Dr Jonathon Willets

Associate Professor

School/Department: Molecular Cell Biology, Department of

Telephone: +44 (0)116 229 7148



I originally trained as a biochemist in Liverpool before studying for a PhD in toxicology and pharmacology at the University of Leicester. After my PhD I spent three years as a postdoc at the University of Bristol investigating the molecular processes that regulate G protein-coupled receptor (GPCR) signalling. In 1999 I returned to Leicester to work as a postdoc in Prof Steve Nahorski’s laboratory. I was appointed as a lecturer in reproductive sciences at the University of Leicester in 2006 and promoted to associate professor in 2011. In 2015 I transferred to the Department of Molecular and Cell Biology as Associate Lecturer in molecular pharmacology.


GPCRs are a family of cell surface proteins that decode a plethora of external signals to enable cellular communication. Research focuses on regulation of endogenous GPCR signalling in smooth muscle excitability with relevance to vascular disease. We are interested in two families of proteins GRKs and non-visual arrestins which negatively regulate GPCR signalling and control signalling pathways involved in increasingly diverse cellular processes e.g. migration growth metastasis and hypertension. We combine fluorescent bioprobes/confocal imaging to examine GPCR regulation in ‘real-time’ in primary cell cultures. We routinely utilise molecular manipulations of protein levels or function to determine their involvement in multiple GPCR signalling cascades and physiological outputs. Combining these powerful techniques enables unique identification of specific interactions of individual endogenous GRKs/arrestins (or other proteins) and endogenously expressed receptors often only days after isolation. Recently research has examined the role that GRK and arrestins play in the regulation of MAPK signalling pathways in vascular diseases. 


[1] S. Brennan, S. Chen, S. Makwana, C.A. Martin, M.W. Sims, A.S.A. Alonazi, J.M. Willets, I.B. Squire, R.D. Rainbow, A novel form of glycolytic metabolism-dependent cardioprotection revealed by PKCα and β inhibition, J Physiol 597 (2019) 4481-4501.

[2] R.D. Rainbow, S. Brennan, R. Jackson, A.J. Beech, A. Bengreed, H.V. Waldschmidt, J.J.G. Tesmer, R.A.J. Challiss, J.M. Willets, Small-Molecule G Protein-Coupled Receptor Kinase Inhibitors Attenuate G Protein-Coupled Receptor Kinase 2-Mediated Desensitization of Vasoconstrictor-Induced Arterial Contractions, Mol Pharmacol 94 (2018) 1079-1091.

[3] C.A. Nash, C.P. Nelson, R. Mistry, C. Moeller-Olsen, E. Christofidou, R.A.J. Challiss, J.M. Willets, Differential regulation of β2-adrenoceptor and adenosine A2B receptor signalling by GRK and arrestin proteins in arterial smooth muscle, Cell Signal 51 (2018) 86-98.

[4] M.F. Bird, R. Guerrini, J.M. Willets, J.P. Thompson, G. Calo, D.G. Lambert, Nociceptin/Orphanin FQ (N/OFQ) conjugated to ATTO594: a novel fluorescent probe for the N/OFQ (NOP) receptor, Br J Pharmacol 175 (2018) 4496-4506.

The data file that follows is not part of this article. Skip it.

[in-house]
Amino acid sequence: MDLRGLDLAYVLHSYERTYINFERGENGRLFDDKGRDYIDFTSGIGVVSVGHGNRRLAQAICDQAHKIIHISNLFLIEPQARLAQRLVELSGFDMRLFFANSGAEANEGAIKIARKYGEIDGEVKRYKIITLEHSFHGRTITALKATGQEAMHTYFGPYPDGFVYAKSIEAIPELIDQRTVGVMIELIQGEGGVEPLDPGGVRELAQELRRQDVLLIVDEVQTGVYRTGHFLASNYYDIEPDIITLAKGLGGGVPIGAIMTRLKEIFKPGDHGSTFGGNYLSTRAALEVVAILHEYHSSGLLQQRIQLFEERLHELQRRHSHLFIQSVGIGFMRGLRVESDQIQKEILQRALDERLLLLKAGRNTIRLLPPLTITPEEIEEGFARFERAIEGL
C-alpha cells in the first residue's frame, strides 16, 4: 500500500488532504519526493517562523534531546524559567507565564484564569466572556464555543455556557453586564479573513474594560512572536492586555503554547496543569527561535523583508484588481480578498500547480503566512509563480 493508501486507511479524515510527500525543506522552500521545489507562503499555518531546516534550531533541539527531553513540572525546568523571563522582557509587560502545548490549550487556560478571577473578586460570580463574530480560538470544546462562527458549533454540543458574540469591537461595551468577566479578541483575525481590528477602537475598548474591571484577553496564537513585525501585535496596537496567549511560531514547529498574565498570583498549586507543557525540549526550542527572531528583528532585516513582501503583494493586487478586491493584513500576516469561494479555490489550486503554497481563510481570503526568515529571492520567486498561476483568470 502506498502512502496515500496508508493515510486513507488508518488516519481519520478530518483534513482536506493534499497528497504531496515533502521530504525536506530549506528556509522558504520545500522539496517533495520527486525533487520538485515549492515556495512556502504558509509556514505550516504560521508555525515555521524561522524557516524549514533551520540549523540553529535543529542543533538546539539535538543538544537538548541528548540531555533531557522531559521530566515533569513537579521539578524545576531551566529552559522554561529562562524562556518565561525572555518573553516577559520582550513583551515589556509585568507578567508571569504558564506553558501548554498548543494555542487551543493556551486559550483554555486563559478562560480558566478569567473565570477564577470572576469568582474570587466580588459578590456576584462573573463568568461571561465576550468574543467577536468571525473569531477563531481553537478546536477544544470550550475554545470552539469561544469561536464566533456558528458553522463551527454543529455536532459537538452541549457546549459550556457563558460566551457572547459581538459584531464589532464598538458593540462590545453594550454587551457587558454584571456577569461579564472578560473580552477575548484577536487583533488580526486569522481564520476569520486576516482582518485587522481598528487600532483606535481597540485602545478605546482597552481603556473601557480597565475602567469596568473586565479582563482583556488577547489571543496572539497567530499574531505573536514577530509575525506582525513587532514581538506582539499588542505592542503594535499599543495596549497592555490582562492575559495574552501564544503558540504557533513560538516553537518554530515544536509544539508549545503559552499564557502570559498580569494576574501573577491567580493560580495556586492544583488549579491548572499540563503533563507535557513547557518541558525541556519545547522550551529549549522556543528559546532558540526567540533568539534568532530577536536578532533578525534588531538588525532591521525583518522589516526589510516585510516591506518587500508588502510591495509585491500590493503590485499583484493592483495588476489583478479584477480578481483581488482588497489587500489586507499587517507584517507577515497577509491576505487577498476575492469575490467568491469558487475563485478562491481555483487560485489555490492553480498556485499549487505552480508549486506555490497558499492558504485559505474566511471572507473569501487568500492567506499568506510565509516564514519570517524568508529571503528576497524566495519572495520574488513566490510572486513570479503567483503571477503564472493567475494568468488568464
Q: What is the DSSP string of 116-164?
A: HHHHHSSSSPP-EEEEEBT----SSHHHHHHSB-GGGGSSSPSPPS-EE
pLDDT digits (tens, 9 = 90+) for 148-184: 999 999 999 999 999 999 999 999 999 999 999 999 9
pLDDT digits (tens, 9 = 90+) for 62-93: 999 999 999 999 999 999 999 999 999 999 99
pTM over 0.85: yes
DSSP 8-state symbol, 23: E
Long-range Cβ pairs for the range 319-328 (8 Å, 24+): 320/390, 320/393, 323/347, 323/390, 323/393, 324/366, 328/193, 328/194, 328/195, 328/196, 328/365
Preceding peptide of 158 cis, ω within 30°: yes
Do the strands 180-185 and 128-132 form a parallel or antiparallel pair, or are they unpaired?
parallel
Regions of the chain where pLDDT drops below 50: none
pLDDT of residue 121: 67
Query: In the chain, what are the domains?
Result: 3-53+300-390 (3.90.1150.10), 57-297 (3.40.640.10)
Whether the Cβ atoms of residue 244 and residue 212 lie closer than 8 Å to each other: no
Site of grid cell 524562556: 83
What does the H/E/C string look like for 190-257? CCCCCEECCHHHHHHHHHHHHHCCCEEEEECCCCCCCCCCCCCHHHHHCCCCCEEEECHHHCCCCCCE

[5] J.M. Willets, C.A. Nash, R.D. Rainbow, C.P. Nelson, R.A. Challiss, Defining the roles of arrestin2 and arrestin3 in vasoconstrictor receptor desensitization in hypertension, Am J Physiol Cell Physiol 309 (2015) C179-89.

[6] J.M. Willets, P.J. Brighton, L.N. Windell, S. Rana, C.A. Nash, J.C. Konje, Bradykinin-activated contractile signalling pathways in human myometrial cells are differentially regulated by arrestin proteins, Mol Cell Endocrinol 407 (2015) 57-66.

[7] G.E. Morris, C.P. Nelson, N.B. Standen, R.A. Challiss, J.M. Willets, Endothelin signalling in arterial smooth muscle is tightly regulated by G protein-coupled receptor kinase 2, Cardiovasc Res 85 (2010) 424-33.

[8] P.J. Brighton, T.H. Marczylo, S. Rana, J.C. Konje, J.M. Willets, Characterization of the endocannabinoid system, CB(1) receptor signalling and desensitization in human myometrium, Br J Pharmacol 164 (2011) 1479-94.

[9] P.J. Brighton, S. Rana, R.J. Challiss, J.C. Konje, J.M. Willets, Arrestins differentially regulate histamine- and oxytocin-evoked phospholipase C and mitogen-activated protein kinase signalling in myometrial cells, Br J Pharmacol 162 (2011) 1603-17.

[10] G.E. Morris, C.P. Nelson, D. Everitt, P.J. Brighton, N.B. Standen, R.A. Challiss, J.M. Willets, G protein-coupled receptor kinase 2 and arrestin2 regulate arterial smooth muscle P2Y-purinoceptor signalling, Cardiovasc Res 89 (2011) 193-203.

[11] G.E. Morris, C.P. Nelson, P.J. Brighton, N.B. Standen, R.A. Challiss, J.M. Willets, Arrestins 2 and 3 differentially regulate ETA and P2Y2 receptor-mediated cell signaling and migration in arterial smooth muscle, Am J Physiol Cell Physiol 302 (2012) C723-34.


PhDs are available in the following areas of research: 1) Investigating the roles that GPCRs play in the development of hypertension 2) Vasoconstrictor-driven vascular smooth muscle proliferation migration and vascular remodelling 3) Effects of glucose and diabetes on arterial smooth muscle function hypertension and vascular remodelling 4) The roles that GPCRs play in regulation of bladder contraction 5) Effects of GRK inhibitors on vascular smooth muscle proliferation migration and vascular remodelling


Biological Sciences/ Medical Physiology/ Pharmacology and Physiology BS1060 Physiology Pharmacology and Neuroscience BS2013 Physiology and Pharmacology (Deputy convenor) MB2080 Pathophysiology of Disease (Module convenor) BS3054 Molecular and Cellular Pharmacology 

Press and media

G protein coupled receptor signalling Regulation of G protein-coupled receptor signalling Molecular development of hypertension and vascular disease 
Back to top